Director, worth it?

I have worked on a number of paying projects providing still renderings. I want to provide animations as well. The problem I am having is clients don’t just want an animation file they want a finished presentation via the internet, a cd-rom, or a dvd. Is Director a good choice for creating a finished piece that you can just hand off to the client?

I am also intereseted in Director due to its’ 3d realtime capabilities. I understand Blender can not export .w3d files directly.

Any thoughts?


I may have totally missed the point but I would simply use Openoffice to make the presentation.

Also, consider that if it costs more to buy the software than the amount you will be paid from using it, than you might want to do without.

I use Director all the time at work - mostly for CD/DVD Rom development and pitches.

It’s a remarkably powerful tool, but be prepared to at least learn the basics of it’s scripting language LINGO. (not too hard if you’ve done any scripting at all).

I’ve even used it to sequence and generate stills that I’ll later composite in other packages.

If you have the money it’s worth it. (Especially since the MX versions now let you cross-publish standalon binaries for both Mac and PC with one seat).

My two cents’


BTW - if you have any specific questions ask them and I’ll tell you what I know.

Thanks for your comment, nharron. I have not done much scripting but I took several programming classes in college. My understanding scripting is basically programming.

At a minimum I would like to have a simple interface with the project title, some text, and a window for the animation to play through. A slide show of stills is also an option. It would be great if it would autoplay from a cd-rom. I need something more professional than just an avi burned to a disk.

Do you know much about shockwave 3d? If so, what texture sizes does it support (256, 512, 1024, 2048)? Does it support camera paths for preset animations? How complex of an environment can it handle?


It sounds like you don’t need to do anything you couldn’t just do with Blender, and make a standalone executable.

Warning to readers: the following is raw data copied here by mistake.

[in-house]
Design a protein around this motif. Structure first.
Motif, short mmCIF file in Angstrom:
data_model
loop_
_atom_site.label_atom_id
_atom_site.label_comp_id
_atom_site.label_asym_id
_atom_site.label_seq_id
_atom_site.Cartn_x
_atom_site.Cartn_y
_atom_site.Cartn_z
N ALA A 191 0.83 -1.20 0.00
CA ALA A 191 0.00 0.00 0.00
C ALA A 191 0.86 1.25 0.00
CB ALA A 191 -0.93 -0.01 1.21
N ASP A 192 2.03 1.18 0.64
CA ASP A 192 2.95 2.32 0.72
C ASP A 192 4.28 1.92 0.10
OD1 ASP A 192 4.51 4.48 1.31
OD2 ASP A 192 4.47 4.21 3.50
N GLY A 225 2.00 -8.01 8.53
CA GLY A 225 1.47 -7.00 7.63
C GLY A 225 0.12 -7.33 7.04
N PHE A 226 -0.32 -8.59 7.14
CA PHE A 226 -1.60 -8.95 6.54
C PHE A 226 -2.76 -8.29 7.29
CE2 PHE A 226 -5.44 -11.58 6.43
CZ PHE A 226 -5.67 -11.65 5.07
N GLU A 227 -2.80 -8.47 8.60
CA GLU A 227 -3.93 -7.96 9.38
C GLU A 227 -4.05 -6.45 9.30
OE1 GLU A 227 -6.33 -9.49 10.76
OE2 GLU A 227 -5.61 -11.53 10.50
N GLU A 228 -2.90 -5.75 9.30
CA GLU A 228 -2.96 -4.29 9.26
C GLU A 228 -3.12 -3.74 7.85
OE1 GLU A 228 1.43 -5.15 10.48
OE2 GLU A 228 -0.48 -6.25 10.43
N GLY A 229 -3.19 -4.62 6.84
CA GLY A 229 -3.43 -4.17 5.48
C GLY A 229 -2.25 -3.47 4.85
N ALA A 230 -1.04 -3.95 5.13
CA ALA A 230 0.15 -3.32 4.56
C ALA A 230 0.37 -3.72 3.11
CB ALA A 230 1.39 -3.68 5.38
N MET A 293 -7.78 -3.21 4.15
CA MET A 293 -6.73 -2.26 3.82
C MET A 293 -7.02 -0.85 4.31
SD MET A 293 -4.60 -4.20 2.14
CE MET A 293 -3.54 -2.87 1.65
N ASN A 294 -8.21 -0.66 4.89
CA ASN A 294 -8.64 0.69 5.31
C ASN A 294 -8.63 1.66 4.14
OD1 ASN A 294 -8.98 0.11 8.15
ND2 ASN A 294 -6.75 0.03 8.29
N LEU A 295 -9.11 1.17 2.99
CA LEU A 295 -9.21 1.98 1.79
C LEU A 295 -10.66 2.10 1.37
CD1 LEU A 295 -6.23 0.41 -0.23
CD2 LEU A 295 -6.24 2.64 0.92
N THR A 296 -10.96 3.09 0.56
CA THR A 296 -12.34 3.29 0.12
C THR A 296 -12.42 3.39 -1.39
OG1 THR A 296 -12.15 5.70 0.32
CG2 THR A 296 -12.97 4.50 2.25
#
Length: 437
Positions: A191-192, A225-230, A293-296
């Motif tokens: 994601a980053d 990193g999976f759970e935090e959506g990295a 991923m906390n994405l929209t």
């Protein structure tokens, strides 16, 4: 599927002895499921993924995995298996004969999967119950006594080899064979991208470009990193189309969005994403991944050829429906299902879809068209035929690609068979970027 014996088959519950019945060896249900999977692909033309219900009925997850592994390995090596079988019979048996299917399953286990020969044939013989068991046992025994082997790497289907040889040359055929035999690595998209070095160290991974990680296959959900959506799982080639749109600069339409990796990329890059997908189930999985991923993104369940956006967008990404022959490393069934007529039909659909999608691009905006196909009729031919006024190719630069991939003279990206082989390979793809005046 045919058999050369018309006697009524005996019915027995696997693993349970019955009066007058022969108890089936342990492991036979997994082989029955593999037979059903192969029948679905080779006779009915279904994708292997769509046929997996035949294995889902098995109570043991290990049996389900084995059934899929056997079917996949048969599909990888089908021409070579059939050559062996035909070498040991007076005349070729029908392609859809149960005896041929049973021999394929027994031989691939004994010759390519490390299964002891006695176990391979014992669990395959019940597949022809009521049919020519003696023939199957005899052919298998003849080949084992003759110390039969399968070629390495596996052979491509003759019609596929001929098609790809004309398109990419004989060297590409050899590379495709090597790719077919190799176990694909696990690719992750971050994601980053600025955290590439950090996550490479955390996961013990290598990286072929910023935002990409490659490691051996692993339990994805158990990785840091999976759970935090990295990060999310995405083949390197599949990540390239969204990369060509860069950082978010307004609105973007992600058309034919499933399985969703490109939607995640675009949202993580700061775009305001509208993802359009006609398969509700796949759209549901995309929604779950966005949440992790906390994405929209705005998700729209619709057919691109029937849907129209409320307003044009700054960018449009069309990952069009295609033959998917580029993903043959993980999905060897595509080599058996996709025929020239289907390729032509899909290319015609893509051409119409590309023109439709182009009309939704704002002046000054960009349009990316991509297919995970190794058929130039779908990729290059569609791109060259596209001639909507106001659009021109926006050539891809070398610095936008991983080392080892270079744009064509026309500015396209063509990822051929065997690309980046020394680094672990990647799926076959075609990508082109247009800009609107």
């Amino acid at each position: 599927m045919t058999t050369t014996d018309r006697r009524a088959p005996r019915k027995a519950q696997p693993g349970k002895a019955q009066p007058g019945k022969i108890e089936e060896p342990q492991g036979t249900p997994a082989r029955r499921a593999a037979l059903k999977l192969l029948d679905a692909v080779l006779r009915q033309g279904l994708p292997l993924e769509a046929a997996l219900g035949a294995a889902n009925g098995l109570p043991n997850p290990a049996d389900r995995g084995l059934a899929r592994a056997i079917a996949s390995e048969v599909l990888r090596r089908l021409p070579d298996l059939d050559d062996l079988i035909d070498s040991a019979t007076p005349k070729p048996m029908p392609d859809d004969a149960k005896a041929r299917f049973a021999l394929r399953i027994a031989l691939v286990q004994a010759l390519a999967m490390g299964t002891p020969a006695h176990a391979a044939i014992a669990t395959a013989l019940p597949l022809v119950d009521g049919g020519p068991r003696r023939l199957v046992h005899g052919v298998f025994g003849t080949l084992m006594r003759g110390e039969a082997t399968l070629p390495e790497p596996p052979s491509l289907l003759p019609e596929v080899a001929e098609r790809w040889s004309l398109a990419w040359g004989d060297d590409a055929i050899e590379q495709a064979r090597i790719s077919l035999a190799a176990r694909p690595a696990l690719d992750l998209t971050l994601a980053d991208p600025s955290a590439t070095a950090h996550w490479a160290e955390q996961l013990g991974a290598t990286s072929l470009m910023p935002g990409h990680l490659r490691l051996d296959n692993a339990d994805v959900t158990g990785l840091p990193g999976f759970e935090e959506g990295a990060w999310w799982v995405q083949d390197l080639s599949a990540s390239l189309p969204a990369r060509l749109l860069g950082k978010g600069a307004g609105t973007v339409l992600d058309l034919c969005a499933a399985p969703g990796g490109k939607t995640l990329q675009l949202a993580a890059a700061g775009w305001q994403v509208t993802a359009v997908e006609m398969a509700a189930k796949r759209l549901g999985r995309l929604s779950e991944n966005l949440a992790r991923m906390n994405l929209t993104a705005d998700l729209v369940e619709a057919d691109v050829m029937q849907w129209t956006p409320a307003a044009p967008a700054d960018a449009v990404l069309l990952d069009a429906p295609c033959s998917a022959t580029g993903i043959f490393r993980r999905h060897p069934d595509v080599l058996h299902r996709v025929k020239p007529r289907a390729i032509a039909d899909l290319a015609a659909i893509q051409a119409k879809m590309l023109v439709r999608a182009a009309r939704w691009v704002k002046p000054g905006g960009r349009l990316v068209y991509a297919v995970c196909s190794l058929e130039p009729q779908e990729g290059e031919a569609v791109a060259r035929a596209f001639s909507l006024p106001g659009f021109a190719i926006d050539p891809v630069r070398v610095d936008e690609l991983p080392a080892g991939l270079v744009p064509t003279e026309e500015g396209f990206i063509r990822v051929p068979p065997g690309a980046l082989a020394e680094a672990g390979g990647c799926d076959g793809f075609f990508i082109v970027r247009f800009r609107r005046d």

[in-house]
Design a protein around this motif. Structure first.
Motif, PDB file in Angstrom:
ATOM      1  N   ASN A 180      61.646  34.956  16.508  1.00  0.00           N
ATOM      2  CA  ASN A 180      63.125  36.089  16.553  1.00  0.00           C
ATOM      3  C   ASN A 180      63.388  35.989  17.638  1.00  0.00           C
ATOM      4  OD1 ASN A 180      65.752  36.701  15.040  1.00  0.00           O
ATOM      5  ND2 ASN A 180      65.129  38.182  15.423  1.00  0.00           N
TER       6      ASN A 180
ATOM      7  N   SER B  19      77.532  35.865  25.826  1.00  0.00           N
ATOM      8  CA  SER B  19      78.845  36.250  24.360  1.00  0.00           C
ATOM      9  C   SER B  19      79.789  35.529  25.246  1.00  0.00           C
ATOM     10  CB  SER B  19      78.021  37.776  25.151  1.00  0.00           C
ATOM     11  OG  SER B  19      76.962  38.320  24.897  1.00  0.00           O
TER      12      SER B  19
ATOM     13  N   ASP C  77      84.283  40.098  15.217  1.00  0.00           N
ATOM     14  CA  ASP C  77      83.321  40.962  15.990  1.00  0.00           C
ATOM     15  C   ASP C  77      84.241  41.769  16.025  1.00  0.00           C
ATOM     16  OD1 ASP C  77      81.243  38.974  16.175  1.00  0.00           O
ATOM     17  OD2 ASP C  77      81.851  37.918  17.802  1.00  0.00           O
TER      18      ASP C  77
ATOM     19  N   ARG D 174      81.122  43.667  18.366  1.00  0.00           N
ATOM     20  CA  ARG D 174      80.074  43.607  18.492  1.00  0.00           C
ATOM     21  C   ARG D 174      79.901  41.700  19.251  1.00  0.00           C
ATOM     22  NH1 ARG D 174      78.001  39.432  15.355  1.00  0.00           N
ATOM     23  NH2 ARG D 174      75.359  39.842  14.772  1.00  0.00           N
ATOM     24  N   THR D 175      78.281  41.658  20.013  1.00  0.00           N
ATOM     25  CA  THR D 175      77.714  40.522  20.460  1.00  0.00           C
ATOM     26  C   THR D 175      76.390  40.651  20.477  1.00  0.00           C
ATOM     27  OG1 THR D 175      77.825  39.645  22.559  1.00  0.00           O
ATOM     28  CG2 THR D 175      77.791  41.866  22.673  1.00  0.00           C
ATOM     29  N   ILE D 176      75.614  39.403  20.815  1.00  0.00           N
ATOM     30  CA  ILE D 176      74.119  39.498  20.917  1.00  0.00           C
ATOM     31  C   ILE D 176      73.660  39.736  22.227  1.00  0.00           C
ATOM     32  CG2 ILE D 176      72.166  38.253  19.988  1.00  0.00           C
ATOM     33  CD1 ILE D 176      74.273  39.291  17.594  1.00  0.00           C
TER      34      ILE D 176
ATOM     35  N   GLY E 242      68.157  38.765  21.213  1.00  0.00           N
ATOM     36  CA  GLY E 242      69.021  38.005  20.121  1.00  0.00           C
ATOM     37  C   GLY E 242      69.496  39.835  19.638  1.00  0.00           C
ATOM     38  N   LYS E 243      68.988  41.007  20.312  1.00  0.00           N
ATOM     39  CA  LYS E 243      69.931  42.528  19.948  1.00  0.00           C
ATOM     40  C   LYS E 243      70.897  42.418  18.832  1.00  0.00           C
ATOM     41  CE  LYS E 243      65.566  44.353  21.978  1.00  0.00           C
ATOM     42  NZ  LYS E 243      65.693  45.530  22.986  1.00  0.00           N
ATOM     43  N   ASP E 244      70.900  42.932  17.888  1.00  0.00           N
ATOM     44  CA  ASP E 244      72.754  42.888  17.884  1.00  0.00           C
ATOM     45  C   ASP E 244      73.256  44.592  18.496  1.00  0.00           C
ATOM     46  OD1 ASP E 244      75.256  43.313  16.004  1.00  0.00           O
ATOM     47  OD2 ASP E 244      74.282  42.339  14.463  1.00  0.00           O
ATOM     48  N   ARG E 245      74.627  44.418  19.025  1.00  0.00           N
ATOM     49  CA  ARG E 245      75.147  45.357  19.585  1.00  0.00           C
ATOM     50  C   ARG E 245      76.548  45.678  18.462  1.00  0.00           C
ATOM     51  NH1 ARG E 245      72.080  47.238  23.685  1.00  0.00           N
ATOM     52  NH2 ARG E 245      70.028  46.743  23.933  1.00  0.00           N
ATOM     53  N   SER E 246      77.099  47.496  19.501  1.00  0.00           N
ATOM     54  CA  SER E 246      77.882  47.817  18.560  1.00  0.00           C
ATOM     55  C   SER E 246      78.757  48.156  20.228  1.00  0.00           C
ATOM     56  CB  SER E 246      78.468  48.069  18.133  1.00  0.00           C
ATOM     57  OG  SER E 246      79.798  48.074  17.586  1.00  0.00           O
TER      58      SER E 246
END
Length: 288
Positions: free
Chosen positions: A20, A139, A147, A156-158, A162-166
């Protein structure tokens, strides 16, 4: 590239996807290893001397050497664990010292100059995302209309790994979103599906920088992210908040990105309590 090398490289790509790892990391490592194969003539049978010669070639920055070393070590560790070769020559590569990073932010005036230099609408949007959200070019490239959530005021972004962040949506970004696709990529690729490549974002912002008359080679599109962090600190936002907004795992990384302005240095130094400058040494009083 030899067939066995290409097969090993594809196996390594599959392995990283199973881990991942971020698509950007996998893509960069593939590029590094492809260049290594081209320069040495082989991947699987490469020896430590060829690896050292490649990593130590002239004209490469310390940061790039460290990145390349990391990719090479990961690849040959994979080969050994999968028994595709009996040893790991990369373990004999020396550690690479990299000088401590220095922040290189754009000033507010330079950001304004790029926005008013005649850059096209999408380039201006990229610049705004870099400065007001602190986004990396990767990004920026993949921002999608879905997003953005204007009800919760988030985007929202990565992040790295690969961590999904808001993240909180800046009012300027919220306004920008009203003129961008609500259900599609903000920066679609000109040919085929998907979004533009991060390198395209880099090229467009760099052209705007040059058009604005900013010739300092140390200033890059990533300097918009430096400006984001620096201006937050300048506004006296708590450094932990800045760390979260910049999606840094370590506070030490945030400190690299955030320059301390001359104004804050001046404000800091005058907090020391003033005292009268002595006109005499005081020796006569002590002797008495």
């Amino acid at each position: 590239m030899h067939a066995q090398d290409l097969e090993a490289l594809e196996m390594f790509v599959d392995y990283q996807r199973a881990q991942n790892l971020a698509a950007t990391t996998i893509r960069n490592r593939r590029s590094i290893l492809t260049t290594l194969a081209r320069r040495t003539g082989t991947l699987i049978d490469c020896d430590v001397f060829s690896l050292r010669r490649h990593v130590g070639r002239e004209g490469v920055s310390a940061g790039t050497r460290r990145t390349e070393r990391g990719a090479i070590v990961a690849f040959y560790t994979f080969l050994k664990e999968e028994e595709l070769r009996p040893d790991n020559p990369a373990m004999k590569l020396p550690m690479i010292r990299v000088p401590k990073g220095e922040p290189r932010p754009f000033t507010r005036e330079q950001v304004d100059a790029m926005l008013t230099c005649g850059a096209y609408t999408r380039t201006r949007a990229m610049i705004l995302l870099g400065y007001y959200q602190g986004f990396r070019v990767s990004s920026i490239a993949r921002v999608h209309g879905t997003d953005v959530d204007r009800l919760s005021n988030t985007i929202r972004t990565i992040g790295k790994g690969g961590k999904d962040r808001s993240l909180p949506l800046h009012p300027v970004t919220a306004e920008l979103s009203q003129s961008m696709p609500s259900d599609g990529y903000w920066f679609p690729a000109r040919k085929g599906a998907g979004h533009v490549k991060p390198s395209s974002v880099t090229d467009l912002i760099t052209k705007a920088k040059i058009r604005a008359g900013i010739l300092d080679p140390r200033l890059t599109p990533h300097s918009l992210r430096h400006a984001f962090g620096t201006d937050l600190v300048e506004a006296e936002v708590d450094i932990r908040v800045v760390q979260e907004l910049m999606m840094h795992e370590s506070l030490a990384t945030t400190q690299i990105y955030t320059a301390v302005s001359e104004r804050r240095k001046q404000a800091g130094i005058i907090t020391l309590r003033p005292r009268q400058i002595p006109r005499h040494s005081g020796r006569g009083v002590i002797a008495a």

Autorunning stuff isn’t a big deal - you just need to put an “autorun.inf” text file in the root of the CD with a couple of lines saying what you want to run. (I just looked at one from another CD to get the format - it’s trivial). Of course, be aware that a lot of people turn off autorun on their windows systems - I do.

You have some options. If you want real-time 3d. You can use the old Blender active-X web plugin to put a Blender file into Director as an object (it can be done, but I found it clunky in terms of the fact that you need to install the active-x plugin on the client’s system somethow - and people are skittish about that expecially when it’s from a third party. Since SP2 on Windows was released it’s warning windows for that kind of activity make people even more nervous.

I’ve shied away from using Shockwave 3D - since I only use Blender for 3D I’ve not found a simple way to get an entire scene into the right format. Let me know if you find anything that works. (I only progressed to putting in a simple rotating object. I know Shockwave 3D can do a lot - but how to go from Blender to SW3D I do not know.)

Of course, you always have two other options. Make the whole presentation in blender and export a standalone executable (including your slideshow), or export the real-time 3D as a standalone and make a call to run it from your Director presentation. I did that for a tradeshow CD for a client - just shelled out to a Blender made videogame executable, and returned to the Director presentation when it was closed. Worked pretty well.


One thing, though. If you’re going to be buying a whole software program, it may be worth looking at Flash. In recent versions, it has gained a lot of functionality that used to be in Director such as playing movie files. Some advantages are also that it can scale to different resolutions and also be delivered easily over the web. When you export it as an .exe, you also can run run files off the drive, so you could call a blender .exe if you need a realtime demo. Though, with the newer compression in flash, you could probably easily fit a large resolution video instead of needing actual realtime content in most cases.

We’ve used Authorware for a long time at work since it is better suited to large training programs than Director (uses an icon-based system instead of a timeline), but I wouldn’t be surprised if both programs were phased out in a couple of years by Macromedia (errr… Adobe now) in favor of Flash, which seems to be getting the bulk of the support and new features lately.

Also… one last option. It actually wouldn’t be unheard of to do a non-flash web-based option. Should be able to find some javascript that’ll let you fade images from one to the other, and of course you can embed video. Then if it was on cd, you can launch the main html page automatically or tell them which to click, or serve it over the web.